Garand, John Cantius, born 01-01-1888 as was one of twelve children on a farm near St. Rémi, Quebec Canada. His father moved to Jewett City, Connecticut, with the children when their mother died in 1899. The children were employed in a textile mill where Jean learned to speak English while sweeping floors. They lived near a gun club target range, and shooters left their rifles at the Garand home between matches. Jean and his brothers learned to shoot, and one of his brothers operated a shooting gallery. John was ten years old. as he attended school for just another year, only until the age of 11, and then started working in a Connecticut textile mill. He started as a floor sweeper, but learned as much as he could from the mill’s machinists. Jean learned machinist skills while working at the textile mill; and was hired by a Providence, Rhode Island, welding factory in 1909. He found employment with a New York tool making firm in 1916, and resumed rifle practice at the shooting galleries along Broadway.
His fondness for machinery and target shooting blended naturally into a hobby of designing guns, which however took a more vocational turn in 1917. That year the United States Army took bids on designs for a light machine gun, and Garand’s design was eventually selected by the War Department. Garand was appointed to a position with the United States Bureau of Standards with the task of perfecting the weapon. The first model was not built until 1919, too late for use in World War I but the government kept Garand on in a position as consulting engineer with the Springfield Armory.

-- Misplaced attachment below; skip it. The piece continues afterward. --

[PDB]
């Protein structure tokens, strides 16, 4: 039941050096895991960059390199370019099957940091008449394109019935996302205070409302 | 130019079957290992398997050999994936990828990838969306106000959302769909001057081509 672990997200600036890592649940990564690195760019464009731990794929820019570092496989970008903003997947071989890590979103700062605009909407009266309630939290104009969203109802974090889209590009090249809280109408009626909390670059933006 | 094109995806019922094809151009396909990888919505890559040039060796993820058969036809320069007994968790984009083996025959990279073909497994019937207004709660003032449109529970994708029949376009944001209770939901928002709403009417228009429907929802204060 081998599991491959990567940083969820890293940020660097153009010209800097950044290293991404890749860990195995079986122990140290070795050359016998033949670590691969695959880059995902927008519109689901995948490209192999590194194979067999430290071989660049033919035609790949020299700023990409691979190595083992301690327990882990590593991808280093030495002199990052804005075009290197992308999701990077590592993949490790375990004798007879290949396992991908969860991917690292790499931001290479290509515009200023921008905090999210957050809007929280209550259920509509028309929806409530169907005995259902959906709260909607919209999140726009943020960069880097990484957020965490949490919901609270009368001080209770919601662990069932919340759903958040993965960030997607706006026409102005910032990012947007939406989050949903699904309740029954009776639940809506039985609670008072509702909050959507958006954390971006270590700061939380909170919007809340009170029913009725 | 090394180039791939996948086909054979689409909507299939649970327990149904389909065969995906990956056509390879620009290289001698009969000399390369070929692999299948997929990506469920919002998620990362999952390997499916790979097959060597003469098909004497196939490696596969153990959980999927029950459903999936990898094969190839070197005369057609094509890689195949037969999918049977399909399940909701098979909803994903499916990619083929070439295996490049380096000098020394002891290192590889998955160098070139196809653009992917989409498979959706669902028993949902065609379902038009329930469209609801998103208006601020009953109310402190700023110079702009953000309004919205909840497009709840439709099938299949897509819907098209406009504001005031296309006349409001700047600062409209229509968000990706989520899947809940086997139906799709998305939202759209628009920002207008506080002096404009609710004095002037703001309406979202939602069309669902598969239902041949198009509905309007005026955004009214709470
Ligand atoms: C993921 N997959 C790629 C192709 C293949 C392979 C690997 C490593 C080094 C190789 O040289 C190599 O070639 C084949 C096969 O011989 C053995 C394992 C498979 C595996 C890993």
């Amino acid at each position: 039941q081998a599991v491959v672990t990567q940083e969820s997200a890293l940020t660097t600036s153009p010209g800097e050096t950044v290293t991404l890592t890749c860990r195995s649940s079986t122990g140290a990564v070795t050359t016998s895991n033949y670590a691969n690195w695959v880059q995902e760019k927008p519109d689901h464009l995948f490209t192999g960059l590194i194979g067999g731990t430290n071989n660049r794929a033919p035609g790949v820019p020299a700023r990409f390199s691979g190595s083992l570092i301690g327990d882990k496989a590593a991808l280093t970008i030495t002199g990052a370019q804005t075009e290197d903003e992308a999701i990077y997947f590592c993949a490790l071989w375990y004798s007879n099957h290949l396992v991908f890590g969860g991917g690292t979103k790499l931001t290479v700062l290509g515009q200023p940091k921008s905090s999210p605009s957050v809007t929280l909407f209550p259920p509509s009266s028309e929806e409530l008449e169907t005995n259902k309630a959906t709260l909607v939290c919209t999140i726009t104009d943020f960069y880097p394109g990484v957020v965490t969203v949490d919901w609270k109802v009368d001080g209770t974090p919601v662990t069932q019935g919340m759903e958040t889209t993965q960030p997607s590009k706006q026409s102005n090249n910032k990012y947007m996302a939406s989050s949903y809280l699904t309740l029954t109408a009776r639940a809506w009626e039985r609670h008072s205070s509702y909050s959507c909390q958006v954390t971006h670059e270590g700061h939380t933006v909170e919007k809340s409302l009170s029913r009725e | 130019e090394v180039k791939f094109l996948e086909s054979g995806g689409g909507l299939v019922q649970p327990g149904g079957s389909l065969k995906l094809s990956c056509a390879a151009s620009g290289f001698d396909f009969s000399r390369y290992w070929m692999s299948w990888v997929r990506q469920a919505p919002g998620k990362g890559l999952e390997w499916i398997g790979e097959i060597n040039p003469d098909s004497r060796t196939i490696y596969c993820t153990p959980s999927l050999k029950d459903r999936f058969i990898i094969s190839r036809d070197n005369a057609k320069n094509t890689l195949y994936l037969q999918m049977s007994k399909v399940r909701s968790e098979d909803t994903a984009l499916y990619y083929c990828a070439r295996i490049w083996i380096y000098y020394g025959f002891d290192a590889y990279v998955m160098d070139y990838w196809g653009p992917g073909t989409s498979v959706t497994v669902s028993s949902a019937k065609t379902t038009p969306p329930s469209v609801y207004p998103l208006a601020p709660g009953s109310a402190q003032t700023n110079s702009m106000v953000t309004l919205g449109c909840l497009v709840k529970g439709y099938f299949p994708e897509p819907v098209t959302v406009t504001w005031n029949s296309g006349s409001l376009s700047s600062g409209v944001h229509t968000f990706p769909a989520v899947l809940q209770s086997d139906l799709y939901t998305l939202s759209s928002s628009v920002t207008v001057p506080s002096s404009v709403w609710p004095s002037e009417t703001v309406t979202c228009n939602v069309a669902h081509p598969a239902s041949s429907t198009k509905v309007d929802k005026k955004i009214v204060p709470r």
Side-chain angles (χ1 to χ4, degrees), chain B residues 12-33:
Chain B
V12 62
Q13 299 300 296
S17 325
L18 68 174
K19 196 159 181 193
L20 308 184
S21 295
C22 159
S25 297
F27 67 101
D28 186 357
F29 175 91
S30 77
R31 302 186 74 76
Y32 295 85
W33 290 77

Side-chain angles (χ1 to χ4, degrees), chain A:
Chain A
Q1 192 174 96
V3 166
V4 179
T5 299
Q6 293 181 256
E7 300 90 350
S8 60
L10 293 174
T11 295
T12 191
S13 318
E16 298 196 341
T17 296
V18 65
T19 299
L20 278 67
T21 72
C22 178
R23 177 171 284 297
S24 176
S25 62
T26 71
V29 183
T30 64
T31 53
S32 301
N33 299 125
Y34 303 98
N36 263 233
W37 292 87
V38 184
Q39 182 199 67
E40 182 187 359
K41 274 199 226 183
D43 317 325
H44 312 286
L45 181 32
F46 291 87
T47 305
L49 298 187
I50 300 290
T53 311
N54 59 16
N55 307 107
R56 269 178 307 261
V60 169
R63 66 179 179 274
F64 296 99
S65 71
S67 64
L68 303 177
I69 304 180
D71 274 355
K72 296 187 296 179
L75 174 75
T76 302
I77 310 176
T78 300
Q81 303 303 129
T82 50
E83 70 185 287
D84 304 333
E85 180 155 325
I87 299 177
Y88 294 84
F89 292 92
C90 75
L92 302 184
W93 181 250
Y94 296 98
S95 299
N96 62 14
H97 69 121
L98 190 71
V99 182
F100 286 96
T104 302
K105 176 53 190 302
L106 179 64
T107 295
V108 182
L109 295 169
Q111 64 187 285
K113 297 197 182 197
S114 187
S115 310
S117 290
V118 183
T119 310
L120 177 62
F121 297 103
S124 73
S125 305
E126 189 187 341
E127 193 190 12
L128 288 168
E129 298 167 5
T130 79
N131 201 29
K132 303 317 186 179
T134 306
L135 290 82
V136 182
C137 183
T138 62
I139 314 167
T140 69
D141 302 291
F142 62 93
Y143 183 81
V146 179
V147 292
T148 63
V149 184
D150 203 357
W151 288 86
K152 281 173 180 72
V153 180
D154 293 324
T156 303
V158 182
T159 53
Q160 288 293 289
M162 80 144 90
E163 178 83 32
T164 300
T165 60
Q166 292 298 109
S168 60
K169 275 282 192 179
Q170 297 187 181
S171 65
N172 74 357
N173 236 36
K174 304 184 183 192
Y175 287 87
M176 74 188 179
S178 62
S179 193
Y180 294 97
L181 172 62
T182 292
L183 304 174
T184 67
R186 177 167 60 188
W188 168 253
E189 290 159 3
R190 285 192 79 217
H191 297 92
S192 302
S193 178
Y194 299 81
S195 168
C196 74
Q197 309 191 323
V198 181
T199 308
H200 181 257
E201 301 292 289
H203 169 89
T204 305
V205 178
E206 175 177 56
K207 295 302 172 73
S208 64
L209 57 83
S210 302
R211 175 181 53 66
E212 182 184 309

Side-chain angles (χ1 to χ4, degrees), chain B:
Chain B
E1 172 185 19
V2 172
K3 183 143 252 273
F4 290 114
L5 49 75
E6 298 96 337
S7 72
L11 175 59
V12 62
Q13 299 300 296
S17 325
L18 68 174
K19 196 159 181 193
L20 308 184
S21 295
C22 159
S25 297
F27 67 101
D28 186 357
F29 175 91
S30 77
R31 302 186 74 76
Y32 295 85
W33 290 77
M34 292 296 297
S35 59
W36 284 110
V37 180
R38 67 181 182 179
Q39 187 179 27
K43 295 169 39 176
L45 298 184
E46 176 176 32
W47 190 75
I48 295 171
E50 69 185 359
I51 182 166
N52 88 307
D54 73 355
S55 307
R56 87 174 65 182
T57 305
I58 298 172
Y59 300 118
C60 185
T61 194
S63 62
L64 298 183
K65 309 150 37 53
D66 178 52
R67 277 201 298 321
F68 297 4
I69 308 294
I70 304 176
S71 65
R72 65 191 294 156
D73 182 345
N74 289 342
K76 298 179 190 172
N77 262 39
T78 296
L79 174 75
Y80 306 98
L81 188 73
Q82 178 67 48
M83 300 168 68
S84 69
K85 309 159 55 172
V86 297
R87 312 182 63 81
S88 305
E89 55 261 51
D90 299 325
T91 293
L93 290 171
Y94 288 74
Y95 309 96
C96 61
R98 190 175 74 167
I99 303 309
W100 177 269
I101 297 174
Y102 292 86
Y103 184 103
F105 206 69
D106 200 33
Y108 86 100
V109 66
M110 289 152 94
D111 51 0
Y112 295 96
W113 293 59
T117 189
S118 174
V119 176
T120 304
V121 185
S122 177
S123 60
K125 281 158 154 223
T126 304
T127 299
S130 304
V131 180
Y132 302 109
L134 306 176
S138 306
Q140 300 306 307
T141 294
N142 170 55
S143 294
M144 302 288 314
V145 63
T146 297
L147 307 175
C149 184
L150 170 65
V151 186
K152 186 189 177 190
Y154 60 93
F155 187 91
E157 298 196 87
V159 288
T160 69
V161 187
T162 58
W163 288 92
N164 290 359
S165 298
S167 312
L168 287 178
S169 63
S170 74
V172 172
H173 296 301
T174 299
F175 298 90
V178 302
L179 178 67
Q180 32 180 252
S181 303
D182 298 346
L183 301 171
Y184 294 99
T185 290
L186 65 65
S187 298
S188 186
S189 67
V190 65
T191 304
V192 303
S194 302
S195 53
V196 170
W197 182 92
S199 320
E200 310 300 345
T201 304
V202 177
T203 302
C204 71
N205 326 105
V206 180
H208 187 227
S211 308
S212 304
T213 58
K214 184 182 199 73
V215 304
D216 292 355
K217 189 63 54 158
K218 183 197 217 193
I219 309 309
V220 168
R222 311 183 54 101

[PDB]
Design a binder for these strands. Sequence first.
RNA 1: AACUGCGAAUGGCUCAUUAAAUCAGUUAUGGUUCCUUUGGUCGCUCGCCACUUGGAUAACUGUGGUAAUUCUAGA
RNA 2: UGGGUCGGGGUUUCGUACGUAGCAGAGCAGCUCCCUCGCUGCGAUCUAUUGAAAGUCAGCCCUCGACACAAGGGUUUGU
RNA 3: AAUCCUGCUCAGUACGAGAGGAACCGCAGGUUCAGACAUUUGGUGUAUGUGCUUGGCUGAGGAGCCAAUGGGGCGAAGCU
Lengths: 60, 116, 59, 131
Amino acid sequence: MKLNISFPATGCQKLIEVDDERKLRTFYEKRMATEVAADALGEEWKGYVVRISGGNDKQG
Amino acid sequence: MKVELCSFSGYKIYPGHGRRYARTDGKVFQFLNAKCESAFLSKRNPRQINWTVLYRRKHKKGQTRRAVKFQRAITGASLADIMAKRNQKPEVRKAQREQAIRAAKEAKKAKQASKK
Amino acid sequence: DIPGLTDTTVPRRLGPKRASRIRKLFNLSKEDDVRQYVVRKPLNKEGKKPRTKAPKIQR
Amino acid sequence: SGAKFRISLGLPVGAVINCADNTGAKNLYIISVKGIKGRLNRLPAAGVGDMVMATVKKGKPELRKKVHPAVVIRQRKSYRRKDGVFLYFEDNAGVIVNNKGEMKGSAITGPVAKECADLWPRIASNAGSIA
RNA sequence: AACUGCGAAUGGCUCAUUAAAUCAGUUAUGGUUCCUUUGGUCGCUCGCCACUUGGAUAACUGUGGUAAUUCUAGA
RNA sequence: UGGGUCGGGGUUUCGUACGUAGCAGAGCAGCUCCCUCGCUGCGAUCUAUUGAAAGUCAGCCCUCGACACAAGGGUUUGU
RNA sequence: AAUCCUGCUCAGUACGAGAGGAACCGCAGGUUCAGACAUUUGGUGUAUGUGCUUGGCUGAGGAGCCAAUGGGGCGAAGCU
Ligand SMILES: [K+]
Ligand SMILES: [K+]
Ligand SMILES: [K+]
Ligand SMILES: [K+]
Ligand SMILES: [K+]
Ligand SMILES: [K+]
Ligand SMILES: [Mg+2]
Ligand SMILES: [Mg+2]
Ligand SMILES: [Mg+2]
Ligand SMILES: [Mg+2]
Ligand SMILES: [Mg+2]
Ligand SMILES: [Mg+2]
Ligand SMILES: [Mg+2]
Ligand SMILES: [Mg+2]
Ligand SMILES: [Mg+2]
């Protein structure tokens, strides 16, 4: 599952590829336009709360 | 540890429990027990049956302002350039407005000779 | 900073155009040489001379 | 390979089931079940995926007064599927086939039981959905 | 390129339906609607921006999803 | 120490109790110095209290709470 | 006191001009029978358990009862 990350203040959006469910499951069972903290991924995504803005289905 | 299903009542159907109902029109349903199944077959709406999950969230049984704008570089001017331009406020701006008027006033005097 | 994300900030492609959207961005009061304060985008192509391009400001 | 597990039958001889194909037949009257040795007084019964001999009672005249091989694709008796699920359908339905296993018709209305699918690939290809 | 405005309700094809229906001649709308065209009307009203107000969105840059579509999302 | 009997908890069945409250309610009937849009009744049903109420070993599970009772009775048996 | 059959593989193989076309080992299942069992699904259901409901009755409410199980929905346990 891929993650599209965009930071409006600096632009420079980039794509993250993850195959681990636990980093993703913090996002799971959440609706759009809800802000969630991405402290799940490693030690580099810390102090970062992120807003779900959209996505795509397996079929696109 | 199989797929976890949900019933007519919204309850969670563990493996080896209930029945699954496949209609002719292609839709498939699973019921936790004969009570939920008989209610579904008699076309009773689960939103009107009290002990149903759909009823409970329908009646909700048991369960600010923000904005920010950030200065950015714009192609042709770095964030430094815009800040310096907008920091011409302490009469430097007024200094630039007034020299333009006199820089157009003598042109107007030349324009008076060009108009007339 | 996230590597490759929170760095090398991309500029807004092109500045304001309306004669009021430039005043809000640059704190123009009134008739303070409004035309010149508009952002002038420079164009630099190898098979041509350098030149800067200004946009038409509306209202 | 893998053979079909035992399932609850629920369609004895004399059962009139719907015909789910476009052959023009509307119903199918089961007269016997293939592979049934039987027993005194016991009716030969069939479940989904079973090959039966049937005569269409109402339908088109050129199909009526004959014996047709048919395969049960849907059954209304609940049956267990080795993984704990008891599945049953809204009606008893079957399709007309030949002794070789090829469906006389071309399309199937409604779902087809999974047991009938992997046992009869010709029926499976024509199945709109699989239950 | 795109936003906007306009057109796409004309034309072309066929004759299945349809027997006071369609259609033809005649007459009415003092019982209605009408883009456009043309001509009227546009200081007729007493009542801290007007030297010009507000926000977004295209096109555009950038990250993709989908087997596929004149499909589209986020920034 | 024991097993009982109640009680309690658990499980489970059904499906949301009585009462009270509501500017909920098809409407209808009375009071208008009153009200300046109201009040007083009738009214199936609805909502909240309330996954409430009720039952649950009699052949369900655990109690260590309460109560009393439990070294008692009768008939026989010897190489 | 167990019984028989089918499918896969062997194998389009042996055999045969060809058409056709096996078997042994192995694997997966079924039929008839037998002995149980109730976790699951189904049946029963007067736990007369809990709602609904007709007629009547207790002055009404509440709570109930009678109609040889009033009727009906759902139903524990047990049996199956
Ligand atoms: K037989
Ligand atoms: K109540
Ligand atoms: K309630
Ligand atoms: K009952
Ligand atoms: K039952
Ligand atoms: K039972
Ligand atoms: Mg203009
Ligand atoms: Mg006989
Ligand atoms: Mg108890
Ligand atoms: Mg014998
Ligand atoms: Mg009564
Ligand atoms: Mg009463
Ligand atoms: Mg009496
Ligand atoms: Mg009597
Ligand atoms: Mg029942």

In this position he was tasked with designing a semi-automatic infantry rifle and carbine. Designing the rifle took several preliminary designs and quite a bit of detail work stretching over fifteen years to perfect the model to Army specifications. The resulting M1 Garand was patented by Garand in 1934 and began mass production in 1936. In the late 1940s and early 1950s, Garand had designed and built a prototype bull pup rifle. It fired the same cartridge as the M1 rifle, but the magazine, action and shape were completely different. It was a select-fire design, and had a firing rate of about 600rpm. When Garand retired in 1953, the second version of the T31 was incomplete, and remained so. The project was scrapped, and the gun was retired to the Springfield Armory museum in 1961. By the time the production stopped in 1957, 5.400.000 of his M1 “Garands” had been manufactured by Springfield Armory and three private contractors.
Garand married French Canadian widow Nellie Bruce Shepard, who was born 03-08-1900 and died 25-02-1986, on 06-09-1930 in Albany, NY. She had two daughters by her previous marriage, and they had a daughter and a son of their own.
For his work with the Springfield Armory, Garand was awarded the Meritorious Civilian Service Award in 1941, and the first Medal for Merit, together with Albert Hoyt Taylor on 28-0-3-1944. Garand never received any royalties from his design. A bill was introduced in Congress to award him $100,000 in appreciation, but did not pass.
Death and burial ground of Garand, John, Cantius.
Garand remained in his consulting position until his retirement in 1953, and died in Springfield, Massachusetts, age 86 on 16-02-1974 and is buried at Hillcrest Park Cemetery in Hampden County Massachusetts, in Section D.